According to the corporation, reforms by its new management have not suggested the sale of the three refineries located in Warri, Port Harcourt and Kaduna.
The corporation’s Group General Manager, Group Public Affairs Division, Mr. Ohi Alegbe, told our correspondent on Saturday that although the firm had undertaken series of reforms since its new management came onboard, it had not recommended the sale of the national refineries.
Alegbe said, “There is nothing like that.”
When told that there are concerns that the NNPC might not be able to protect the pipelines and that the Federal Government should take over the surveillance of the facilities, the corporation’s spokesperson replied, “It is also not true.”
On the level of vandalism and how it affects the respective capacities and outputs of the refineries, Alegbe stated that the corporation had adopted various measures to check the menace of crude oil pipelines destruction.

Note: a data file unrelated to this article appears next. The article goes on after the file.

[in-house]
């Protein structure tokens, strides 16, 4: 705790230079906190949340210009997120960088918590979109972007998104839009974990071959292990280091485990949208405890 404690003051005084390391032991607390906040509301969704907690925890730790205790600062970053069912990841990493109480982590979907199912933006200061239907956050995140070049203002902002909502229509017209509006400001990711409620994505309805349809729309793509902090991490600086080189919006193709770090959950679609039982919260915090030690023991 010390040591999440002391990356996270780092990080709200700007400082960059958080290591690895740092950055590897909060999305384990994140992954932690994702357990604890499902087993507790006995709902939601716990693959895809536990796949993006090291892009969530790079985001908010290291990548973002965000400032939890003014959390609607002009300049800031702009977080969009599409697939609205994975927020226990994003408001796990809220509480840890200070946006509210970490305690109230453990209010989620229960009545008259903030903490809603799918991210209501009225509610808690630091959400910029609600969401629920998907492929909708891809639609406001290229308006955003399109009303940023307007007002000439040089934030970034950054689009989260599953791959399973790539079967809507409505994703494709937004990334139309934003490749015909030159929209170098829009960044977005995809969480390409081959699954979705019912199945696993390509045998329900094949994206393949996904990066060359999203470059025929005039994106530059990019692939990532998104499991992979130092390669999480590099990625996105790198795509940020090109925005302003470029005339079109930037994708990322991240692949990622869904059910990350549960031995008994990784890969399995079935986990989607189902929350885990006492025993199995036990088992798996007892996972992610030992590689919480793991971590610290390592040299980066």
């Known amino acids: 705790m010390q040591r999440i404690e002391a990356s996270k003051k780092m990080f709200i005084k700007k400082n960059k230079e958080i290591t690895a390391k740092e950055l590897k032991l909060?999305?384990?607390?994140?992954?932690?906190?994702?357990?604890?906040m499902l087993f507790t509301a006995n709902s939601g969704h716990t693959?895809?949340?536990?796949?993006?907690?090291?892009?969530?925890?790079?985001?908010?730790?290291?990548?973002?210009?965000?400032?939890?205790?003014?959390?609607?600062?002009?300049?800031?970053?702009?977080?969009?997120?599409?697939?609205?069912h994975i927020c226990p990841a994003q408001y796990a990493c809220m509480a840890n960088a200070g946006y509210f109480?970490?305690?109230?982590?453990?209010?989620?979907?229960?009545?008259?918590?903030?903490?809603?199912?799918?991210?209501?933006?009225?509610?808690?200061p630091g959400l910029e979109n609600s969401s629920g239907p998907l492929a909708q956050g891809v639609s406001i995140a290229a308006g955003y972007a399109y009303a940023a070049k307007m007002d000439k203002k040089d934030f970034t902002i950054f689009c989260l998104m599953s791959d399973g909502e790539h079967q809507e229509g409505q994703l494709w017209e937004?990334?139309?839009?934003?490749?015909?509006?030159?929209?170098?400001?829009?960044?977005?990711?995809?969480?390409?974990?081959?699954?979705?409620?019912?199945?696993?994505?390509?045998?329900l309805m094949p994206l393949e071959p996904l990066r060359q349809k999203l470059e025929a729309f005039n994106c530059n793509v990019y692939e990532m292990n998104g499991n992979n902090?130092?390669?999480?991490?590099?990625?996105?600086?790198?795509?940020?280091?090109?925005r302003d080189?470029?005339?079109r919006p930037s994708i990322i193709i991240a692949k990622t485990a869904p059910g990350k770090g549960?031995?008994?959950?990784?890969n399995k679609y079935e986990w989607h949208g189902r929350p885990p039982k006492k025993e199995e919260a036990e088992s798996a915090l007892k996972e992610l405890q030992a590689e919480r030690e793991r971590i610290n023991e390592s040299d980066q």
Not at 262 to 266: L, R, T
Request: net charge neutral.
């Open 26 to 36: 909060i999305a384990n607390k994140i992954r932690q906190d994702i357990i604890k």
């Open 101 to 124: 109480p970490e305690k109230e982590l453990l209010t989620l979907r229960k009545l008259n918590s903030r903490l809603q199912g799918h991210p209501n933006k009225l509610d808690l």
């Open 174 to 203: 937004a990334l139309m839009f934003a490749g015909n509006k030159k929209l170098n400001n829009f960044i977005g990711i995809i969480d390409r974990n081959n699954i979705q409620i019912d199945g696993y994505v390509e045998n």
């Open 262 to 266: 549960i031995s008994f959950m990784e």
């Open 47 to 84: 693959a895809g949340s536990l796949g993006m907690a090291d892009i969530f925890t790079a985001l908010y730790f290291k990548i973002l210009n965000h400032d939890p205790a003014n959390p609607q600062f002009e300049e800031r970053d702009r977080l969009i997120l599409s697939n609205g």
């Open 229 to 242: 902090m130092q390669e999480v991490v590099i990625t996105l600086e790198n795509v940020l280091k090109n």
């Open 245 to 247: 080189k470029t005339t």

Explaining how the corporation had been protecting the pipelines in the interim since the cancellation of various pipelines’ protection contracts, he said the NNPC had engaged security agents of different communities where the facilities run through.
Alegbe said, “Firstly, there was no contract with the OPC (Oodua Peoples Congress) please. We have the police, the military and we also engage with community-based groups. And it is not as if the pipelines were left unprotected. We have the military, the civil defense and the police, and some leaders of communities that are bordering some of these pipelines have been involved in the protection process.”
One of the latest reforms of the NNPC’s new management, which was carried out last week, was the trimming down of the off-takers for the lifting of Nigeria’s crude oil from 43 to 16.